Almost everyone knows about the Mardi Gras celebrations that take place all over the world on Shrove Tuesday. But the real party on Shrove Tuesday doesn’t take place in New Orleans or Rio de Janeiro. No, as anyone from Southwest Kansas knows, the best celebration on the day before the start of Lent is International Pancake Day.
That’s right…Pancake Day. Complete with parade, talent show and, the highlight of the celebration, The International Pancake Race.
Yup, It’s a Thing.
Not only is it a thing, it truly is an International thing. Okay, I can tell you are skeptical, so here’s a little history lesson for those of you who are unlucky enough NOT to have lived the dream.
The story goes all the way back more than 500 years, 1445 to be exact. The story goes something like this…
A housewife in England was so engrossed in using all her cooking fats (which were forbidden during Lent) making pancakes, she lost all track of time and it wasn’t until she heard the church bells that she realized she was late for Shriving Service. Pausing only long enough to grab her headscarf, she races off to the church–still wearing her apron, with skillet, and pancake, in hand. In the years that followed, it became a competition for the women to see who could race to the church the fastest and get the “Kiss of Peace” from the church bell ringer.
Race ahead a few centuries (pun intended) to 1950 when a member of the Liberal Kansas Junior Chamber of Commerce (JayCees) saw some press clippings about the Olney England Pancake Race and challenged their women to race against the women of Liberal. The rest is history. My history at least.
Some of my best memories are of Pancake Day. When I was a kid in the 70’s, Pancake Day was not just a holiday in Liberal, but the entire area got into the fun. The Pancake Day Parade was wonderful. Bands and floats from towns in Oklahoma and Southwest Kansas were joined by the Shriners in their funny cars, weaving and dancing before my excited eyes.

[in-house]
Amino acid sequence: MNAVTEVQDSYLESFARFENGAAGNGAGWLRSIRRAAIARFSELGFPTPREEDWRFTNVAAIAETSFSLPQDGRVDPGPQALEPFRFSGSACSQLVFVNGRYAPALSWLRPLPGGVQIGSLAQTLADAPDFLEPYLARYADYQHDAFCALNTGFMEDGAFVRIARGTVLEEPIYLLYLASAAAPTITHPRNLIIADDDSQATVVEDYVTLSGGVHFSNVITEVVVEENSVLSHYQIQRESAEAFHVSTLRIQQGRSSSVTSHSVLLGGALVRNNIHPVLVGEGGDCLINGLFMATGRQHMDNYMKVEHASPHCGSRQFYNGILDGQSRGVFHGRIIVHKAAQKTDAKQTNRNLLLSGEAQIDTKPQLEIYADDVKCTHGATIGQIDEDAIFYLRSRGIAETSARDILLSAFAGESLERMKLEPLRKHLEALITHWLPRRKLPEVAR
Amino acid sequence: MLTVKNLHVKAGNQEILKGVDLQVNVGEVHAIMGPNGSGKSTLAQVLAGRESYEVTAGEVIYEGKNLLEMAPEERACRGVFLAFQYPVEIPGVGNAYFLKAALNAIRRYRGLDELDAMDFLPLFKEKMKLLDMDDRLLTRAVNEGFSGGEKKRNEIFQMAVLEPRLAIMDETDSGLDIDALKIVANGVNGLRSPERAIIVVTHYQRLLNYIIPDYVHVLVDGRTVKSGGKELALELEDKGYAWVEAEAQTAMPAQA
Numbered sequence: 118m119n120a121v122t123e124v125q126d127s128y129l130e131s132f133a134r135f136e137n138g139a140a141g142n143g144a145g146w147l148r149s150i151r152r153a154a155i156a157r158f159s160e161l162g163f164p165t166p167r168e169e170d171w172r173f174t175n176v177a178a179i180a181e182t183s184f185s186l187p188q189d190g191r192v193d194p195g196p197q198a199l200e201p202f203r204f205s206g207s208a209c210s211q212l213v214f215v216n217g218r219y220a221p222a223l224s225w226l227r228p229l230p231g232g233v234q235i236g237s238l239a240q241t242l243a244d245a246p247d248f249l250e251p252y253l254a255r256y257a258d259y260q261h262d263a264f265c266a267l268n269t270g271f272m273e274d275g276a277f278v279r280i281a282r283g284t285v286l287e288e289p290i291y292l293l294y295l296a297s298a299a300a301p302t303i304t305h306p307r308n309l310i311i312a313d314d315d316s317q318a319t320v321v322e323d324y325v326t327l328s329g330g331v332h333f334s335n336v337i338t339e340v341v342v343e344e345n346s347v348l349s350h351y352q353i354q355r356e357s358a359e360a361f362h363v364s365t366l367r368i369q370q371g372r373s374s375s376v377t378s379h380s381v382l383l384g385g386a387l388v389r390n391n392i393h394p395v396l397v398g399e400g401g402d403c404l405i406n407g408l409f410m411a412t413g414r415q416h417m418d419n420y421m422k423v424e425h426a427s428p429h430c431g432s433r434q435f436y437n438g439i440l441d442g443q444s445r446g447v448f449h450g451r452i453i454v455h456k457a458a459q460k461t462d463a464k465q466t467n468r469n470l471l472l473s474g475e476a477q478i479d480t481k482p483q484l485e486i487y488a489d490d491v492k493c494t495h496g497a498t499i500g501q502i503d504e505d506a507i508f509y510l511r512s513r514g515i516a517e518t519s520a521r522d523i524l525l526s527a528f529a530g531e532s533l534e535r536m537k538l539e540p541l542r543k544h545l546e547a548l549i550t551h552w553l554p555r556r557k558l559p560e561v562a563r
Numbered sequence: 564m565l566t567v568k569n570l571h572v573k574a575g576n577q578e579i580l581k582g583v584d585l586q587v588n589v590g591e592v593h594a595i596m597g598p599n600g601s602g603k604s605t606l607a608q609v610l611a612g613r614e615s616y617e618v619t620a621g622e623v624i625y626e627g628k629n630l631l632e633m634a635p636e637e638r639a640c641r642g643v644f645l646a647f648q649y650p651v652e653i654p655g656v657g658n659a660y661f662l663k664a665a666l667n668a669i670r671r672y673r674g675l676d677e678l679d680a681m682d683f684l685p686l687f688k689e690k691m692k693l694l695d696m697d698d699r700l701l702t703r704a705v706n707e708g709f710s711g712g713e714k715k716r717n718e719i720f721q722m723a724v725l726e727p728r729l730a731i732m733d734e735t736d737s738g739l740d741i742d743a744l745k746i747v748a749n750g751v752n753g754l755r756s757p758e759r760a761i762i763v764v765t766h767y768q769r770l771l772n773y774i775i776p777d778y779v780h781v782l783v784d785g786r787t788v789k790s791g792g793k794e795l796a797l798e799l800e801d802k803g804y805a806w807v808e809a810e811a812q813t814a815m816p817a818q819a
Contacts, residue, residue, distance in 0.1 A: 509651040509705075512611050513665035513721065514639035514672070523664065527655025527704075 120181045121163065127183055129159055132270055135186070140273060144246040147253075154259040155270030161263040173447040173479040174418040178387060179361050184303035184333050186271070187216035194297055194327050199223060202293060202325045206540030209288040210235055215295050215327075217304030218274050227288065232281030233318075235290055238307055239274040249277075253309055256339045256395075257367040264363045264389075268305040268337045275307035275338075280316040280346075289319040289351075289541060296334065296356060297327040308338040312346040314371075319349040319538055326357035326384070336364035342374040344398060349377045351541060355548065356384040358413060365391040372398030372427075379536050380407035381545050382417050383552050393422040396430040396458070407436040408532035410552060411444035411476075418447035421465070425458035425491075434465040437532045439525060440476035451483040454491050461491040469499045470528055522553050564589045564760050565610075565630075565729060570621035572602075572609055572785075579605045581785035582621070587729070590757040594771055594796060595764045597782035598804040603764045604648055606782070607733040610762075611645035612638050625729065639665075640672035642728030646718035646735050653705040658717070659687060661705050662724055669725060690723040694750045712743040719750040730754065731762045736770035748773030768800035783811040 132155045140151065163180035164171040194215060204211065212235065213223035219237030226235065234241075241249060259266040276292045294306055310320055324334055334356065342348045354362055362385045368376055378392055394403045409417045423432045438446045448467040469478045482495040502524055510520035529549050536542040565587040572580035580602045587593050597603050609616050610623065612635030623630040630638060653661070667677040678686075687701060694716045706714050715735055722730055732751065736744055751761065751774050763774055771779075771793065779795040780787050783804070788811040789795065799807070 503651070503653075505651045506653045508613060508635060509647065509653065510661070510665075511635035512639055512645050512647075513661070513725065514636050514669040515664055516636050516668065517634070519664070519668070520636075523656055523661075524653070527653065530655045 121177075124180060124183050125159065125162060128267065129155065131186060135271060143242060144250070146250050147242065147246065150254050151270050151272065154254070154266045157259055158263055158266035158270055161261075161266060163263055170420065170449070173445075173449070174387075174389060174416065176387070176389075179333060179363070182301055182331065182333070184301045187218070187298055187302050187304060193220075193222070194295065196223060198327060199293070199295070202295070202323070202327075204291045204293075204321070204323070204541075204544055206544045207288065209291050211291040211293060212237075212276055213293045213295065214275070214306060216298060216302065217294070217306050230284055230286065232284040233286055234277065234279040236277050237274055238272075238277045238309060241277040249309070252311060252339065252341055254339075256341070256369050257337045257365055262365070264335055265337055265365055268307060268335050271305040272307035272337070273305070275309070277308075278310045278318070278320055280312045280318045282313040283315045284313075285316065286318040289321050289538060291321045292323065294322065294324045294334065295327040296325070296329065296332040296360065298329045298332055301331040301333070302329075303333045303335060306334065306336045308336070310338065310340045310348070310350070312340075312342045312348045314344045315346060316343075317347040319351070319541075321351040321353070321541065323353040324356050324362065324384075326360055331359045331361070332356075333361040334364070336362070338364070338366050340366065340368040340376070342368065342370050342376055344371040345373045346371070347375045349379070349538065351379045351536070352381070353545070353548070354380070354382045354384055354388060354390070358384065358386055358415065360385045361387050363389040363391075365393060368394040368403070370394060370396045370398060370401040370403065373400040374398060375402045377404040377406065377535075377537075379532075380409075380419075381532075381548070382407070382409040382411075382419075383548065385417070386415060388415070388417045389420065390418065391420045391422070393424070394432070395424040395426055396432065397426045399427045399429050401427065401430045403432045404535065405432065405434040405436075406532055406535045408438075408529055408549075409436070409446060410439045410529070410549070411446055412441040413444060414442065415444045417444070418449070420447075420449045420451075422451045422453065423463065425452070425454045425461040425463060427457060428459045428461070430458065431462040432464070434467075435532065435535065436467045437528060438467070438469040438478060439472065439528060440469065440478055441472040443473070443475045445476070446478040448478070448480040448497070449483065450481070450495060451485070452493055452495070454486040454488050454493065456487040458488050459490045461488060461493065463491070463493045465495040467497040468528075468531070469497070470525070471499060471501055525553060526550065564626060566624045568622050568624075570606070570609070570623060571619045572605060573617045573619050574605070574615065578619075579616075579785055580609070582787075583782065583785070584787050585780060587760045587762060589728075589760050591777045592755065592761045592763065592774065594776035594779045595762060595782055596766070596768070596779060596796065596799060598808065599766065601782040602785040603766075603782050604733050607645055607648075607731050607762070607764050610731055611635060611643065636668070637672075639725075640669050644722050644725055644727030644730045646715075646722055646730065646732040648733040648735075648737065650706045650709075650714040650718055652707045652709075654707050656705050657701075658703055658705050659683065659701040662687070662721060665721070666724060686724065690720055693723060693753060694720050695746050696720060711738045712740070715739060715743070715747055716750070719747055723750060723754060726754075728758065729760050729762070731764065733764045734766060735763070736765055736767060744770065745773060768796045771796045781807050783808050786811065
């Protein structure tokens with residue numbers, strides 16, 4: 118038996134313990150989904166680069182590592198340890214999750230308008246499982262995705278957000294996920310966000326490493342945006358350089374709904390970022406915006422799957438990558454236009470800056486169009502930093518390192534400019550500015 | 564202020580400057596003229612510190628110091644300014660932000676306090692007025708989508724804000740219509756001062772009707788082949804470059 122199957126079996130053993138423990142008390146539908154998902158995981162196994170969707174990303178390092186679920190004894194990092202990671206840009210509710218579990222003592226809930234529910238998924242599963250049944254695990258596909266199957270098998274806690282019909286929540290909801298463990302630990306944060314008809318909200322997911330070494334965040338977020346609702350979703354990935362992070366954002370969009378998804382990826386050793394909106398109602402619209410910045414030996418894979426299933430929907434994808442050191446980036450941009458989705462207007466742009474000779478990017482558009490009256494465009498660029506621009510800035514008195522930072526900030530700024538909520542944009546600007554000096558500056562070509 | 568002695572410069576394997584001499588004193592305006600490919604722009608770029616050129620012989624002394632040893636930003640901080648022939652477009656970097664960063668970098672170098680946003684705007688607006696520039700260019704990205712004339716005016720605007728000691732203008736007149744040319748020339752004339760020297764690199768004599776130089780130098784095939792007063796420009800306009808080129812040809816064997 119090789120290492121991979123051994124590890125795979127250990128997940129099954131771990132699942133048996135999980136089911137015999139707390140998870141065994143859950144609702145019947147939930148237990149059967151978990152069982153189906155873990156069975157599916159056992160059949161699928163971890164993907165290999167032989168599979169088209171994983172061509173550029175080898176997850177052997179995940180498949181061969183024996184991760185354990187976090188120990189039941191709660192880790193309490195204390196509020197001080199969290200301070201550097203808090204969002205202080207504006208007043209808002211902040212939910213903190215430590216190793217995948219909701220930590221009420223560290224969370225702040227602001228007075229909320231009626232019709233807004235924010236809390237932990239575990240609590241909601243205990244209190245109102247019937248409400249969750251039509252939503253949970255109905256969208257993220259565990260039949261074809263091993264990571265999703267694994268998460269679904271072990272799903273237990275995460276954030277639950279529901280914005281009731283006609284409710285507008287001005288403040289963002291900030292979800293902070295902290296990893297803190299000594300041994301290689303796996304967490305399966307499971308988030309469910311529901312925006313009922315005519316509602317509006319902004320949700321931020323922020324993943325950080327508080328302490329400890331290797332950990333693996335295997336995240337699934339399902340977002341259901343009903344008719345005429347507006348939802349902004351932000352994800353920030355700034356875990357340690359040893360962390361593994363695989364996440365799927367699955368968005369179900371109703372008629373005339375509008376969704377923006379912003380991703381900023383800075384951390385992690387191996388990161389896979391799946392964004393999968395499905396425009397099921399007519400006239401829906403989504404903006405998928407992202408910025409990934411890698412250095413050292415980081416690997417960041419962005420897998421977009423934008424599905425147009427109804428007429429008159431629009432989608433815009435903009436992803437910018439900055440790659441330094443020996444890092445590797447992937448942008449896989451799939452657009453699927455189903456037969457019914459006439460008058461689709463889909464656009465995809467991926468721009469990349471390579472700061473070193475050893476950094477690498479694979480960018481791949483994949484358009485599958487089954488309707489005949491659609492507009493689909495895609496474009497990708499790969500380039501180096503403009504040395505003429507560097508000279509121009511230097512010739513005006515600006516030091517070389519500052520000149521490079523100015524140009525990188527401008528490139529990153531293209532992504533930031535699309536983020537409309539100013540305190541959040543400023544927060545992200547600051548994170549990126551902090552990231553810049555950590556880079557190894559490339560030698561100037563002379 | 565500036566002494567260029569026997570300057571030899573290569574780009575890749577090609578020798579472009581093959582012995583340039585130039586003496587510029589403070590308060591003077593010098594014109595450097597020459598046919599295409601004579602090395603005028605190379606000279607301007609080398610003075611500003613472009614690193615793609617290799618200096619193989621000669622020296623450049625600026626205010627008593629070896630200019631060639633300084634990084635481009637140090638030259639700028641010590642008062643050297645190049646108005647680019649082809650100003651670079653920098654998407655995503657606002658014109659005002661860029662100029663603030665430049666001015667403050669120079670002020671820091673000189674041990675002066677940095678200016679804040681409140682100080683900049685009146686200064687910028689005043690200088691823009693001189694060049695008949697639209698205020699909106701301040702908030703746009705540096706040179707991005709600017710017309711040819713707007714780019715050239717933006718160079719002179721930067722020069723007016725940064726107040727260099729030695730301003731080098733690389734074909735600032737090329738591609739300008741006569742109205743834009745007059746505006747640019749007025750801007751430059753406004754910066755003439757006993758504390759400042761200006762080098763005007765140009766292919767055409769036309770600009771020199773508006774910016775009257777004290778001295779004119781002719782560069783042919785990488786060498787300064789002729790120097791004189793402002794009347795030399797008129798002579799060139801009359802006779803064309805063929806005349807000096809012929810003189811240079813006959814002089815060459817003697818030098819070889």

As I grew and got old enough (5th grade) to be part of the school band, I got my first chance to be a part of Pancake Day as a participant. From marching in the grade school band, which was comprised of all band students from all 7 elementary school in town, through marching as a proud Warrior in the West Jr. High School Marching Band, and finally to the pinnacle as a member of “That” Liberal Band, The Pride of the Southwest.
As an adult, Pancake Day was just as special. Every year I would take the girls to the races and the parade. And Daughters #2  both raced in the toddler races.
I have been away from my hometown for 2 decades now, and haven’t seen a Pancake Day celebration in all those years,. But every Shrove Tuesday, I celebrate; wherever I am, I celebrate. I always wish people a “Happy Pancake Day” and then explain what I am talking about. I watch the national news for clips, and I swell with pride, because that is MY hometown; those are my memories.
So, wherever you are, Happy Pancake Day.